Oat milk is a plant-based fluid commonly used to substitute animal-based milk.

Oat Milk

Also known as oat drink or baristas mix

What is Oat Milk?

Oat milk is a plant-based fluid commonly used to substitute animal-based milk. It  is made from dehulled oat kernels through an enzymatic process. Oat milk is gluten-free, has a mild natural sweet flavor and excellent functionality, thus making it an ideal cow’s milk substitute.1

  • Consumption of oat milk and other plant-based drinks is driven by today’s consumer interest in healthy, ethical and sustainable diets. 1
  • In baking, oat milk is used as a milk substitute in various products.

Origin of oat milk

This milk was first developed in the early 1990s by the Swedish scientist Rickard Oste while  searching for a plant-based substitute of cow’s milk.2

Today, it is one of the most commonly used plant-based milk substitutes and is used in  a wide variety of products like yogurts, ice cream, spreads and smoothies.1,2


Similar to cow’s milk, this plant-based milk provides several benefits to bakery systems:

  • Moisture: for dissolution of salt and sugars, and aids in gluten development.
  • Color: provides sugar and proteins for Maillard browning reaction.
  • Flavor: provides a milk oaty flavor.
  • Foaming: creates a stable foam, similar to cow’s milk.
  • Nutritional value: provides fiber, mainly beta-glucan.


Typical nutritional value of a commercial oat milk per 240 mL:3

Component Grams
Carbohydrate 19-29
Fat 4.5-5
Protein 2.5-5

Oat milk provides 140 -170 kcal per cup (240 mL). It is naturally gluten-free. However, care should be taken when it is produced in facilities that handle other cereals containing food allergens.

This milk is usually recommended for people with irritable bowel syndrome (IBS) as part of an anti-inflammatory diet.

Commercial production

Oat milk or oat drink is industrially manufactured through the following process:1

  • Grinding: dehulled oat kernels are ground into a fine flour.
  • Mixing: the flour is mixed with hot water at 60 – 90 oC (140 – 194 oF) in a high shear mixer tank to gelatinize starch.
  • Enzyme treatment: alpha-amylase is added to the mixing tank to hydrolyze starch and increase viscosity. Subsequently, a second enzyme (glucosidase or beta-amylase) is introduced to break down glucose/maltose units.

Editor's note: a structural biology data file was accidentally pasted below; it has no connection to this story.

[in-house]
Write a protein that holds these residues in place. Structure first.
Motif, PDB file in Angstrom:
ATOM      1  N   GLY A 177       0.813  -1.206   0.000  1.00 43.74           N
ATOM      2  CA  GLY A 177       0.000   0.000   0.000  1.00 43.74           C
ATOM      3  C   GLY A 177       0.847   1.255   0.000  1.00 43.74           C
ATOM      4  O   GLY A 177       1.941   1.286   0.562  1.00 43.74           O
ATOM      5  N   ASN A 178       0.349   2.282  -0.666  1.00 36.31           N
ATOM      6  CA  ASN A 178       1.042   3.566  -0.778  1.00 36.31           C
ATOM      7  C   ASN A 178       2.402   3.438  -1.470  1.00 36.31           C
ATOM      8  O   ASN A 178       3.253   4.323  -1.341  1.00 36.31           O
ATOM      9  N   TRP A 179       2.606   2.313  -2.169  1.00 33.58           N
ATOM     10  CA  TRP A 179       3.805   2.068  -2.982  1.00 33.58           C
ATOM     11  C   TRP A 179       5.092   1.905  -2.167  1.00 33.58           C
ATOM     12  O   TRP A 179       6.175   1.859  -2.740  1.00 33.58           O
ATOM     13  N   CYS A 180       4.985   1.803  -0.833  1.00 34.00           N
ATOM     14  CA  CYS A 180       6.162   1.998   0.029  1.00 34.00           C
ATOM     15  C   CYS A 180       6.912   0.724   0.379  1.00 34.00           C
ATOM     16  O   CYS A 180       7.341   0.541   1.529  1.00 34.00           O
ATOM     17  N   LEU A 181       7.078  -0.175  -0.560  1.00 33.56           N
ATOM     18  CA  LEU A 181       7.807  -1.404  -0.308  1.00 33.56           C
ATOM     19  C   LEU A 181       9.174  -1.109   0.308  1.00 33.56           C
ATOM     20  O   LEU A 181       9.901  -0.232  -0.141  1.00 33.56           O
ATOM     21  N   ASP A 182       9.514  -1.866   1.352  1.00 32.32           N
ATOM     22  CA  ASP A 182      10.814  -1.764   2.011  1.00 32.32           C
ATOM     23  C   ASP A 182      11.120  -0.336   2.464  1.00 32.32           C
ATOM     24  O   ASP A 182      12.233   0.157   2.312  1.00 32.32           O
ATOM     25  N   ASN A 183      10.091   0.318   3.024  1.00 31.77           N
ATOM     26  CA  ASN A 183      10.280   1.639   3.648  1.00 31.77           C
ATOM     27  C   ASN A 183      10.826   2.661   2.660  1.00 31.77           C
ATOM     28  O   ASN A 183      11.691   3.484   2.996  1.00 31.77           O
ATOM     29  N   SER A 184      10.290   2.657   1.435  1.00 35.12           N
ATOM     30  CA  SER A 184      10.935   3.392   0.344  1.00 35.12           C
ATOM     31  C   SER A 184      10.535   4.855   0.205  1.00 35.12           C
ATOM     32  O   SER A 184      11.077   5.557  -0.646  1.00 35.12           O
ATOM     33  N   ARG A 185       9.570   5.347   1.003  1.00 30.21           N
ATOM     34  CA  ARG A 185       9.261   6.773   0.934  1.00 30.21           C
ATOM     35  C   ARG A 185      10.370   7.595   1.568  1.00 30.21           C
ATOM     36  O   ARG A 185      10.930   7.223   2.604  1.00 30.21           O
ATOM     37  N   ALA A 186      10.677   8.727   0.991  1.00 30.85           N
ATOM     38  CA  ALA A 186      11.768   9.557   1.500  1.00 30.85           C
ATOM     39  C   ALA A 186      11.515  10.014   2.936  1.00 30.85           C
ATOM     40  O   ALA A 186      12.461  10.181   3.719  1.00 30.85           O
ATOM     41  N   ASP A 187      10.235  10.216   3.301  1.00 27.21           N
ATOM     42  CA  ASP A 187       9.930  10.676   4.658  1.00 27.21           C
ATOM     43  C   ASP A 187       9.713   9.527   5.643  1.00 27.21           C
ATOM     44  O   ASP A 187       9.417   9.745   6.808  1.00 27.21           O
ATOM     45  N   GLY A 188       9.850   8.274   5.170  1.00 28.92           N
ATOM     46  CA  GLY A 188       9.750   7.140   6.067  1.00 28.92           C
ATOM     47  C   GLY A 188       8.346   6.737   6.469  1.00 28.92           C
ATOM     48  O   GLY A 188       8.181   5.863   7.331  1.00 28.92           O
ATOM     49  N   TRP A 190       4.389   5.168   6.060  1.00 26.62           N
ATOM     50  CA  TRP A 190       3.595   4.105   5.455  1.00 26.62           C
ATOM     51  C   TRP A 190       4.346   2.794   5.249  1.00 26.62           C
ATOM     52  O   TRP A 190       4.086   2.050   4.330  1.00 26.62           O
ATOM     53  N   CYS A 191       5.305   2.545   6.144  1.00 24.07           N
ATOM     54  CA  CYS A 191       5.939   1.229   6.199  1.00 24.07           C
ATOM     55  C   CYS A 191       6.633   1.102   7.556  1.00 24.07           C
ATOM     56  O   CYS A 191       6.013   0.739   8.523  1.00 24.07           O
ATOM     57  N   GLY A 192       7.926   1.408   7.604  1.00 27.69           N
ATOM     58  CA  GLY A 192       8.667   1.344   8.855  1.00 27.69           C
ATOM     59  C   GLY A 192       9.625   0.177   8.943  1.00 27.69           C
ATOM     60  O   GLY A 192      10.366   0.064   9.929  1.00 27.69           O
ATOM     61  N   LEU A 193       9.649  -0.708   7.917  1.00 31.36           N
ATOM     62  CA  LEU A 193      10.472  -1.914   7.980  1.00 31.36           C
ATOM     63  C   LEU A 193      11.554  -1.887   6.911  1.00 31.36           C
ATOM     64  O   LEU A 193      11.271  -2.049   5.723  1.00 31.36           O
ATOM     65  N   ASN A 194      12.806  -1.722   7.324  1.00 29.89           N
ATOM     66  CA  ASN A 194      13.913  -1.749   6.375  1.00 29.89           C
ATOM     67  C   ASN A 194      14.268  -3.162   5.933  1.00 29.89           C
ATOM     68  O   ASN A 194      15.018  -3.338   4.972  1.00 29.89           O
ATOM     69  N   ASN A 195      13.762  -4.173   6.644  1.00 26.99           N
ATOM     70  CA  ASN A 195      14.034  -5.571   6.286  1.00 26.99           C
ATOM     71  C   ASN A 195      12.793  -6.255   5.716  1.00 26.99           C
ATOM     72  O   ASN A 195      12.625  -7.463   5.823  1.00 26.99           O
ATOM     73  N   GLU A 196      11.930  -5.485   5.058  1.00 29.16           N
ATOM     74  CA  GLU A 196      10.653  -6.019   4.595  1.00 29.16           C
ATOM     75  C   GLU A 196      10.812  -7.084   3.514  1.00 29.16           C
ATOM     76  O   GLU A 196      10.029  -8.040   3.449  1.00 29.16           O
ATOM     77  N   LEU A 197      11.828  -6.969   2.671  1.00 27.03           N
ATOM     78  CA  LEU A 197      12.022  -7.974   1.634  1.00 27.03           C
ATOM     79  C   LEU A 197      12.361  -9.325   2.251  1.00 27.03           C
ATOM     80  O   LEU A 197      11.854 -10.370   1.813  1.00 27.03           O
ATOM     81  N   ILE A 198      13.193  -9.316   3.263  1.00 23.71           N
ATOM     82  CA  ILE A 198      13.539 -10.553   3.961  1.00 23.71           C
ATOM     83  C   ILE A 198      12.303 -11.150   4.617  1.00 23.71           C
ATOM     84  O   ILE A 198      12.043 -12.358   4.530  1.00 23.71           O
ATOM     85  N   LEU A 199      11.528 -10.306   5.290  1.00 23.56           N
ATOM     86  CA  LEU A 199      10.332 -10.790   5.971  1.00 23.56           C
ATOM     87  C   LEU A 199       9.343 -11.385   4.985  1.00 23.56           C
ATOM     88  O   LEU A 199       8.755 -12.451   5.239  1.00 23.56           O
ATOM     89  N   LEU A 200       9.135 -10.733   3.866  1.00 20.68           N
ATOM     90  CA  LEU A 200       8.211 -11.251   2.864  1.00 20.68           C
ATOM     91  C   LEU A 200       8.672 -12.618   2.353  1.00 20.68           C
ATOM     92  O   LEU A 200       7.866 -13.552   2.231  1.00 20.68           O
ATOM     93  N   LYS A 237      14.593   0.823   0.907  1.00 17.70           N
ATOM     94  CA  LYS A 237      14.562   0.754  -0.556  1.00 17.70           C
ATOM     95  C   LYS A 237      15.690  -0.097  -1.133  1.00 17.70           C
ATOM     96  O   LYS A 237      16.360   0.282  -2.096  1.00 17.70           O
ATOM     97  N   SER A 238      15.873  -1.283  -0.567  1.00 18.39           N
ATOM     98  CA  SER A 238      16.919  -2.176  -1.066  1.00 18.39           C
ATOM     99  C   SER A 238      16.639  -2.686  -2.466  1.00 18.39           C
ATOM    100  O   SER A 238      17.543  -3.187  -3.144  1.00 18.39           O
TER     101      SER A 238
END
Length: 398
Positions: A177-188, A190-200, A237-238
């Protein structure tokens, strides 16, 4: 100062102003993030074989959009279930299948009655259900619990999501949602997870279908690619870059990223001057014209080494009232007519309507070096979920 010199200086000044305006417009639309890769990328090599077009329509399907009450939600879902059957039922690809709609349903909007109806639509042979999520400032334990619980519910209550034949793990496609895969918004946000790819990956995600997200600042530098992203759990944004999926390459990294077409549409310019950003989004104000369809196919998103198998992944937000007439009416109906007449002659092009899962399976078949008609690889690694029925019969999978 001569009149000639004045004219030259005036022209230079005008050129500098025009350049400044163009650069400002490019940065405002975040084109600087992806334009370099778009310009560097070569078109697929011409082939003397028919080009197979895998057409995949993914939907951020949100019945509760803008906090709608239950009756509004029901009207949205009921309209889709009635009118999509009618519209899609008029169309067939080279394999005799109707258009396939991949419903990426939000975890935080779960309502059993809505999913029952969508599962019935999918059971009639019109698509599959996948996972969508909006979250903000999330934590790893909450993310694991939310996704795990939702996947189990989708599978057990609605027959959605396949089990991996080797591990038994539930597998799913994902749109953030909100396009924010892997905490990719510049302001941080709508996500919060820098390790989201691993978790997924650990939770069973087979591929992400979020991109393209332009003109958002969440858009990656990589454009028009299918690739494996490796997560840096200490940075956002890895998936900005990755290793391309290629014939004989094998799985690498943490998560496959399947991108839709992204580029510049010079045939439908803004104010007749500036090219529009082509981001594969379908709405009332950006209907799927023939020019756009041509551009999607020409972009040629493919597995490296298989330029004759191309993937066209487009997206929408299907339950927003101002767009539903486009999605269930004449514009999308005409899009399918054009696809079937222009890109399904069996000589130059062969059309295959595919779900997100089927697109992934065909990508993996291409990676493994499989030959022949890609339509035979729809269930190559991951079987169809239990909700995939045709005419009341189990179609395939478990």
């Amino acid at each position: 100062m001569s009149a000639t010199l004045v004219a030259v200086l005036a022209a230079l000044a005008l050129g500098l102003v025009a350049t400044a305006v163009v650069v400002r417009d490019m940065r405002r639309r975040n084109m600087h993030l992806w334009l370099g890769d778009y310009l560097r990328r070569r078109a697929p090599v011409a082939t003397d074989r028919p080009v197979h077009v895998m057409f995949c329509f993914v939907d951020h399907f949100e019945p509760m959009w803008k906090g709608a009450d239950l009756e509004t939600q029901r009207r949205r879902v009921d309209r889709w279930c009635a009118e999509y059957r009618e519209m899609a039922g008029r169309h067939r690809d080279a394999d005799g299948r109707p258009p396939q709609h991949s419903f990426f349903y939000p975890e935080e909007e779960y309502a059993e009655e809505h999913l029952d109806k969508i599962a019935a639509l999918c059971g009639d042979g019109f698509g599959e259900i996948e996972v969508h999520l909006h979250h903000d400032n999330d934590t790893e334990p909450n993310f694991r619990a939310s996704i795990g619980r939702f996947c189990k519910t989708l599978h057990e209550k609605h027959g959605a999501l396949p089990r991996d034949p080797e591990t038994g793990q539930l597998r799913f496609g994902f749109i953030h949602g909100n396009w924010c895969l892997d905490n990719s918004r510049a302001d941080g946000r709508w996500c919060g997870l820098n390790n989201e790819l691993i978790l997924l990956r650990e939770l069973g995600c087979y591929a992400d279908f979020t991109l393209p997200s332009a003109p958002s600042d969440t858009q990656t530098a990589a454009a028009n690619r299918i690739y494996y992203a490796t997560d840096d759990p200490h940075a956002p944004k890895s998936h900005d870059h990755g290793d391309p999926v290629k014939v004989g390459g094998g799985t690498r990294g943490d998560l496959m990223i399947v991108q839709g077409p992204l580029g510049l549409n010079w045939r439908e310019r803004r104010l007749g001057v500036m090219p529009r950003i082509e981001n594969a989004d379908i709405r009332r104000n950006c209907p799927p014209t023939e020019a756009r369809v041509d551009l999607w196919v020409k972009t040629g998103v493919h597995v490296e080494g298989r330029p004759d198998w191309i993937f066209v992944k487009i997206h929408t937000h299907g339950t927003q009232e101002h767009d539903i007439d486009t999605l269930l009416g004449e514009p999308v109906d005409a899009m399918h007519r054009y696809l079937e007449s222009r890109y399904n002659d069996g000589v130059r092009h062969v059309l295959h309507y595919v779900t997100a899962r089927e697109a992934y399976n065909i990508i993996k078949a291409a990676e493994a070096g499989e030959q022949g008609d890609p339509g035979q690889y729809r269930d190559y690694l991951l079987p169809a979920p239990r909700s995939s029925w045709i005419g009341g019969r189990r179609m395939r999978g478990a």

• Enzyme inactivation: enzyme activity is stopped by heating up to 95 – 100 oC (203 – 212 oF) for 80 s.
  • Fiber separation: insoluble fiber is separated from the oat drink in a centrifugal decanter to improve appearance and adjust viscosity of the product.
  • Blending: oil, calcium salts or stabilizers depending on the formulation are added to the oat drink in a high shear mixer.
  • Homogenization: this step breaks down fat globules into smaller ones to delay creaming and improve the product shelf-life.
  • Packaging


Several types of baked goods such as cookies, muffins, cakes and cupcakes can be made with this milk. Custards, however, are not good candidates for milk replacement by oat milk due to the absence of milk proteins that aid in egg coagulation .1,2

Typically, cow milk can be substituted 1:1 with oat milk, producing similar results in common baked products.1


Oat milk is considered safe by the FDA. Currently, there is a debate around whether plant-based alternatives to dairy products should use terms such as: milk, cheese or yogurt due to the difference in nutritional value between plant-based and animal-based products.

In the EU, oat milk is considered safe. However, a similar debate exists around the use of dairy terms for plant-based products. The terms milk, butter, yogurt, cream and buttermilk are reserved for animal derived products according to the EU Commission No 1308/2013.5


  1. Tetra Pak International. White Paper: Oat-based beverages. Processing Challenges & Techniques. GB: Tetra Pak International S.A, 2020.
  2. Galanakis, Charis M., ed. Trends in non-alcoholic beverages. Academic Press, 2019.
  3. Gutiérrez, Tomy J., ed. Food Science, Technology and Nutrition for Babies and Children. Springer Nature, 2020.
  4. Goldman, Eric. “Use of the Names of Dairy Foods in the Labeling of Plant-Based Products.” 2018.
  5. European Commission (Ec). Commission Regulation (Eu) No 1308/2013 Of The European Parliament And Of The Council Of 17 December 2013 Establishing A Common Organisation Of The Markets In Agricultural Products And Repealing Council Regulations (Eec) No 922/72, (Eec) No 234/79, (Ec) No 1037/2001 And (Ec) No 1234/2007 . Official Journal Of European Communities, 12 December 2013.

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